“Evans” was diagnosed with bipolar disorder with psychotic features, a condition considered permanent but manageable with medication. When the County sought to commit her under the 5th standard, she argued that it failed to prove that she did not satisfy one of the “exclusions” to the 5th standard. Specifically, the 5th standard does not apply where the individual may be provided protective placement or services under ch. 55. The court of appeals rejected that argument.
Evans did not challenge the circuit court’s factual findings or conclusion that she satisfied the first part of §51.20(1)(a)2.e. She focused on what the circuit court omitted from its analysis–any discussion of the 2nd or “protective placement or services” exclusion to the 5th standard.
The purpose of the exclusion is “to avoid commitment for treatment if it is reasonably probable that … placement or services available under Wis. Stat. ch. 55 will provide the needed treatment.” Dane County v. Kelly M., 2011 WI App 69, ¶21, 333 Wis. 2d 719, 798 N.W.2d 697.” (Opinion, ¶16).
Evans argued that the County failed to prove that her needs couldn’t be met through less restrictive ch. 55 services–i.e. a §55.14 medication order.
The court of appeals acknowledged that the ch. 55 exclusion applies to people currently under a protective placement as well as people who are merely eligible for protective placement. It noted that Evans was not under a protective placement, and it held that she was not eligible for one,
According to the court of appeals, §55.05 and §55.08 make clear that only “incompetent” adults are eligible for protective placement. Competency determinations are governed by §54.10(3)(a). Nothing in the record indicated that Evans had a guardian, which proved that the circuit court had not found her incompetent under §54.01(16). Therefore, she was not eligible for protective services. Opinion, ¶¶20-22.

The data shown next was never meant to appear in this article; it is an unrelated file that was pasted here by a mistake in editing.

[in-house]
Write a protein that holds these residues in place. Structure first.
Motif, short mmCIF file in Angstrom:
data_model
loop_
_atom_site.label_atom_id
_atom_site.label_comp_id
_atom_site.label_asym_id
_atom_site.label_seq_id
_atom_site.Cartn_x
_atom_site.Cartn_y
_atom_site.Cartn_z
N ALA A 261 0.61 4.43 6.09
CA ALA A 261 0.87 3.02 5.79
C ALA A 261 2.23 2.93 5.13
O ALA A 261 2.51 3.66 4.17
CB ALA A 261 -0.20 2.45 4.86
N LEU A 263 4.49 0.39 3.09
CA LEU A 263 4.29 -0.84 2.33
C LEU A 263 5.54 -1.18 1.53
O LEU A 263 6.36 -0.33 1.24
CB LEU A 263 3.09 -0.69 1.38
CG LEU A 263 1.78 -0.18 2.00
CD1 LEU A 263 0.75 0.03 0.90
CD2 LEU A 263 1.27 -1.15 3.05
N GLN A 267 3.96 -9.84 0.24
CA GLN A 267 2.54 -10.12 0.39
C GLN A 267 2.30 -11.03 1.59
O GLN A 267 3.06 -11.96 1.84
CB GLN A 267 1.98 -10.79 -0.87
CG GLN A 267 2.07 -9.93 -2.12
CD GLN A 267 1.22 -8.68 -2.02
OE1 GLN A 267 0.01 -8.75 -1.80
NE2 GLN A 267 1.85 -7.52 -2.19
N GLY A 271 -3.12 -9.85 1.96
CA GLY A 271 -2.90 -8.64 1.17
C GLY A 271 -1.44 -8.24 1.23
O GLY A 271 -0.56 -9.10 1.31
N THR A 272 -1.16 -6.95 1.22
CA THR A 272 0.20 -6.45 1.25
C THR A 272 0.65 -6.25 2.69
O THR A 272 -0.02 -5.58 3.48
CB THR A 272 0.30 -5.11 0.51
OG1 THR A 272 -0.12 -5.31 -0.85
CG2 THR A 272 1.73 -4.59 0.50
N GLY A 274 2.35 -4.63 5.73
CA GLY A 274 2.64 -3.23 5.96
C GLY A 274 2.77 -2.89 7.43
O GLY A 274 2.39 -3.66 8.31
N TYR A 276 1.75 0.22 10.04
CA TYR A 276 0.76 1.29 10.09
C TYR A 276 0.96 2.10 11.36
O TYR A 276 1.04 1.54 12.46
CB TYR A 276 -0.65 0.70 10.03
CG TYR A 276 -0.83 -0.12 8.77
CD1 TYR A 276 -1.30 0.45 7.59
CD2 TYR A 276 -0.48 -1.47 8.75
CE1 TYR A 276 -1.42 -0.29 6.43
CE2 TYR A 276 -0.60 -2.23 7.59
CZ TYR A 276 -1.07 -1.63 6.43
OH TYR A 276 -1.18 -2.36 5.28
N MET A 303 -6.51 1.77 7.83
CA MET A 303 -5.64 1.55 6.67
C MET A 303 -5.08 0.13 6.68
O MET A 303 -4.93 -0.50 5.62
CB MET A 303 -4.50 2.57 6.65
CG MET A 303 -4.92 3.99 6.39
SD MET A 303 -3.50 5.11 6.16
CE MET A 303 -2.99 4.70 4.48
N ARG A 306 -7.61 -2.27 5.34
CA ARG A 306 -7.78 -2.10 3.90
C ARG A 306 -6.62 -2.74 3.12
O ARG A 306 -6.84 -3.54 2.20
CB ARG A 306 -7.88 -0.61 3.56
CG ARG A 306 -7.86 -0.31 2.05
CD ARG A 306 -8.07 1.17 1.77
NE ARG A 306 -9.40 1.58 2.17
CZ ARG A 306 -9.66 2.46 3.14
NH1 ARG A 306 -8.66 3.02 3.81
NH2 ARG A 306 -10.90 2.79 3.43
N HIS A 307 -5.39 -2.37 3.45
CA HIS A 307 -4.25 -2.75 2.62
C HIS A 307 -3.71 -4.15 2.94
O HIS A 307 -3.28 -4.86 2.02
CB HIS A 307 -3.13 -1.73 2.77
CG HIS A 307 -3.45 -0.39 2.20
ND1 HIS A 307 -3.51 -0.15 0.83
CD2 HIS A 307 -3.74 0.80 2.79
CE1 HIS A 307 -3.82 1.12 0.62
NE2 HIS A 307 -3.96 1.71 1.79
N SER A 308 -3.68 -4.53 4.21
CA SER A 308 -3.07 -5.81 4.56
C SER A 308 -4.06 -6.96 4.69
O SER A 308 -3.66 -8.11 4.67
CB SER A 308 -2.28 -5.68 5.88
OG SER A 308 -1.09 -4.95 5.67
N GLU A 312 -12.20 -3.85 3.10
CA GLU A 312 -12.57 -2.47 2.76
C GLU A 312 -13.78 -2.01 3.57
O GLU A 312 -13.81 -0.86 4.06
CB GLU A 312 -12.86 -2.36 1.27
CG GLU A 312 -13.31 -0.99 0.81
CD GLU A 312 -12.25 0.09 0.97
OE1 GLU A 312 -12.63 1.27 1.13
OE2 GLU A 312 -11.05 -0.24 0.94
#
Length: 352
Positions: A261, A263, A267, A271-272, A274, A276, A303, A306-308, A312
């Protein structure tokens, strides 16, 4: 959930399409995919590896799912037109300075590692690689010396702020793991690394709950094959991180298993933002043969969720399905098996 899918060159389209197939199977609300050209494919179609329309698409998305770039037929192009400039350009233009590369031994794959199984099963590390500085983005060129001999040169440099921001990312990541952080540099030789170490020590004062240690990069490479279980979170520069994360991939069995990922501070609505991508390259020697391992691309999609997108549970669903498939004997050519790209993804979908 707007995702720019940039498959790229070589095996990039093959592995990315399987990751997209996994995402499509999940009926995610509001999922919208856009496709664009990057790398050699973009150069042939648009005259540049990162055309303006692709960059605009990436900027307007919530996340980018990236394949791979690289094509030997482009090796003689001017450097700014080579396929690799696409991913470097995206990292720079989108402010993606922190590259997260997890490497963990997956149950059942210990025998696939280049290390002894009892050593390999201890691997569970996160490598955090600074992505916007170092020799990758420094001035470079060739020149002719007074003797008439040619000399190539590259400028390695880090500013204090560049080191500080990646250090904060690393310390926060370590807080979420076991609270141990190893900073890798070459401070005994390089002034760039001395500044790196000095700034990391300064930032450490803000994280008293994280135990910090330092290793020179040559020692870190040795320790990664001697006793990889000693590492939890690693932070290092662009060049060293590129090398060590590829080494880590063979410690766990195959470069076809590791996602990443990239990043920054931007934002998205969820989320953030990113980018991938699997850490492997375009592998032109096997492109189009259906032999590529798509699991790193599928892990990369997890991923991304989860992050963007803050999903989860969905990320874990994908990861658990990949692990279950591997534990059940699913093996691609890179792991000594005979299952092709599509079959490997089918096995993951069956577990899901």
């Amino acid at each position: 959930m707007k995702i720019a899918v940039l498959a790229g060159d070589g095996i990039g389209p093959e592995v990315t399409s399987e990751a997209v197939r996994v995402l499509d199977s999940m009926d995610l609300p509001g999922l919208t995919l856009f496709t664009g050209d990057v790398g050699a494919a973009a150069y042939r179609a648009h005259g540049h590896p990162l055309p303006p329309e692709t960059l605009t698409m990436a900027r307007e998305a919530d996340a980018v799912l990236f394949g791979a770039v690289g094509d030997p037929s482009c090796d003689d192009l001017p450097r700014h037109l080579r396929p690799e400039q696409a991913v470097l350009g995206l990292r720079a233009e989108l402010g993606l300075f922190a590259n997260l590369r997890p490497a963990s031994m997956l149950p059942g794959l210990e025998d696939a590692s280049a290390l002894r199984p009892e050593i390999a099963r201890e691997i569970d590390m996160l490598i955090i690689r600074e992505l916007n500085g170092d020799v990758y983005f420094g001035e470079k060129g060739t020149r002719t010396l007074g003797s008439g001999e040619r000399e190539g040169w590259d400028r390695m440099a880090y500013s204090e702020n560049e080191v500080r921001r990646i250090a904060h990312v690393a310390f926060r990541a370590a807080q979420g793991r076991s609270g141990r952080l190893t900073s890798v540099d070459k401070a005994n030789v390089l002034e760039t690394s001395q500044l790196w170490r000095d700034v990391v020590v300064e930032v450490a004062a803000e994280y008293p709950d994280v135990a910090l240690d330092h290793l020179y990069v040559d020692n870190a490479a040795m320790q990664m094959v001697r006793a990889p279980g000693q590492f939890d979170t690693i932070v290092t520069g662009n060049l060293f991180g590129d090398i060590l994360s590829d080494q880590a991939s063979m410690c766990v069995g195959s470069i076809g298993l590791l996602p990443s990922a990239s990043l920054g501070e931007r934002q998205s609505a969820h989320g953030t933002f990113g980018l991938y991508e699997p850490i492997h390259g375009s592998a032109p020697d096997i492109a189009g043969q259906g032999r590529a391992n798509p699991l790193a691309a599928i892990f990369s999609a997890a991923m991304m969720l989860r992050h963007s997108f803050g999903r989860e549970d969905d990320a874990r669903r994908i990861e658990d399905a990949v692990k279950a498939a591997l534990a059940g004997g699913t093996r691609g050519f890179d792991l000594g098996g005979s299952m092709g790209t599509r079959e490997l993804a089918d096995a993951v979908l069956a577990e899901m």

A circuit court may declare a person incompetent, appoint a guardian, and order a protective placement or services all in one proceeding. So the fact that Evans wasn’t under a guardianship seems irrelevant. The question is whether she was eligible for one.
The court of appeals also held Evans wasn’t eligible for ch. 55 placement or services because those are designed to provide long-term care for people with incurable disorders. Here, two doctors testified that Evans’s bipolar disorder could be treated with medication. She only needed to be committed for a short time until her medication reached therapeutic effect she continued to take it. Opinion, ¶24.
As ch. 51 practitioners well know, in Wisconsin people diagnosed with bipolar or schizoaffective disorder are never committed for a “short time.” Under the court of appeals’ reasoning, these people don’t qualify for ch. 55 placement or services because they don’t need long-term care, but then they are continually recommitted under ch. 51 for years or decades on the theory that if they are released, they might stop their medication and decompensate.